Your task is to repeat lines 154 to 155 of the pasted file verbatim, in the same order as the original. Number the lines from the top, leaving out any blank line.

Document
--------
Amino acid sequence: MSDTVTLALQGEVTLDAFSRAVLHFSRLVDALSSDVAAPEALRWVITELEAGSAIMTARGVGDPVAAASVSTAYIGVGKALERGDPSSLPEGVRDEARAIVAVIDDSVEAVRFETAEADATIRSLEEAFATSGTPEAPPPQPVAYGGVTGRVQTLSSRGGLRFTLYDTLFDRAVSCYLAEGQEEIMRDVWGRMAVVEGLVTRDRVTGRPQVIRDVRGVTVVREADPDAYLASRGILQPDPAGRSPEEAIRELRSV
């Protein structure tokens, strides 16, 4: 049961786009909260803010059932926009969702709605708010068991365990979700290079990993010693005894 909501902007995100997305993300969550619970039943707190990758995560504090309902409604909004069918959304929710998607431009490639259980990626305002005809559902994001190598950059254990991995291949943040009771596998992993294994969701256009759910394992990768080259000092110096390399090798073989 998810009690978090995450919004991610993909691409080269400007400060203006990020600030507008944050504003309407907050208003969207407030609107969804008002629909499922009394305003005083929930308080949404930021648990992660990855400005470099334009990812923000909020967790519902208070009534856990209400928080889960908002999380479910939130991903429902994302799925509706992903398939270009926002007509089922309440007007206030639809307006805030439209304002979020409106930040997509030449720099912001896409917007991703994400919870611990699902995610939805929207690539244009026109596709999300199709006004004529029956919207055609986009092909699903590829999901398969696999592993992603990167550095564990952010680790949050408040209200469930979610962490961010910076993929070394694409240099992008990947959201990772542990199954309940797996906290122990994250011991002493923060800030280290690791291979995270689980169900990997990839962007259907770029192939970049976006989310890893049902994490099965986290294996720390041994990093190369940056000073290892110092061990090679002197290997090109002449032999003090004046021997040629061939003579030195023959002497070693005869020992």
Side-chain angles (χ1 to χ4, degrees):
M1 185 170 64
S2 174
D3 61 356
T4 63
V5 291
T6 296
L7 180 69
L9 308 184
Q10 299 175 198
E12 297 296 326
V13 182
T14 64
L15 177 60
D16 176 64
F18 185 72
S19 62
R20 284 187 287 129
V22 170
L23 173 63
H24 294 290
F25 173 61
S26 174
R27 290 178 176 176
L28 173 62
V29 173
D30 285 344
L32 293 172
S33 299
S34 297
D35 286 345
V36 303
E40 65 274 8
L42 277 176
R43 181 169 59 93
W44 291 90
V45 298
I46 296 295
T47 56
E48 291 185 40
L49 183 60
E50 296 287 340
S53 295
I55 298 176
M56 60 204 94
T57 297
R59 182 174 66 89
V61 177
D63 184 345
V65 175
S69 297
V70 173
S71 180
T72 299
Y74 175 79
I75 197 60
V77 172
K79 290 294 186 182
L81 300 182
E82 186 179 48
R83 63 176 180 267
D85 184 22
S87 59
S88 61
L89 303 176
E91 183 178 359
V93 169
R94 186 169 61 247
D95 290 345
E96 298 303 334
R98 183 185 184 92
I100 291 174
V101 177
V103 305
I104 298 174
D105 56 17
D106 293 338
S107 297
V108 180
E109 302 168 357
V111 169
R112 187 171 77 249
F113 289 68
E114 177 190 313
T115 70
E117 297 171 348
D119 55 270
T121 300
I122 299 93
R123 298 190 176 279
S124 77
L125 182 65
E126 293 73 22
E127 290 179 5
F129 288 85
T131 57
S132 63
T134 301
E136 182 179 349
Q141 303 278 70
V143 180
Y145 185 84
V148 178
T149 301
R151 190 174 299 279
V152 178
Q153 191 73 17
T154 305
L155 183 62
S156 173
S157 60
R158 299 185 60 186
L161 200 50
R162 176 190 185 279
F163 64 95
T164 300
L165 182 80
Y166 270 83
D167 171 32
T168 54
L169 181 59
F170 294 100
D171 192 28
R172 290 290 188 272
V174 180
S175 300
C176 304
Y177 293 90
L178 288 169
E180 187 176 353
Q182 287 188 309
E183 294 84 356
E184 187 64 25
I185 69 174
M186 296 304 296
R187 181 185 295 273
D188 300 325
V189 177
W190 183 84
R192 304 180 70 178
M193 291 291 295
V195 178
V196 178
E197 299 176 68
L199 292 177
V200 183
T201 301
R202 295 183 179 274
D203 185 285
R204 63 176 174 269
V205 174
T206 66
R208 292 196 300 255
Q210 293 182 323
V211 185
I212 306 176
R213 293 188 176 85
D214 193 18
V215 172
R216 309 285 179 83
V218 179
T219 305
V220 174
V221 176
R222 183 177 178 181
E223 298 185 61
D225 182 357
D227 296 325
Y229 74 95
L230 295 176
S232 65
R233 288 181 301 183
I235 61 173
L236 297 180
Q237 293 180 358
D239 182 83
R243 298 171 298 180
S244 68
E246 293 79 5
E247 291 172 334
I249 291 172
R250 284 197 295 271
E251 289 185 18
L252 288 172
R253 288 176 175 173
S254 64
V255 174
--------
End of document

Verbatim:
T206 66
R208 292 196 300 255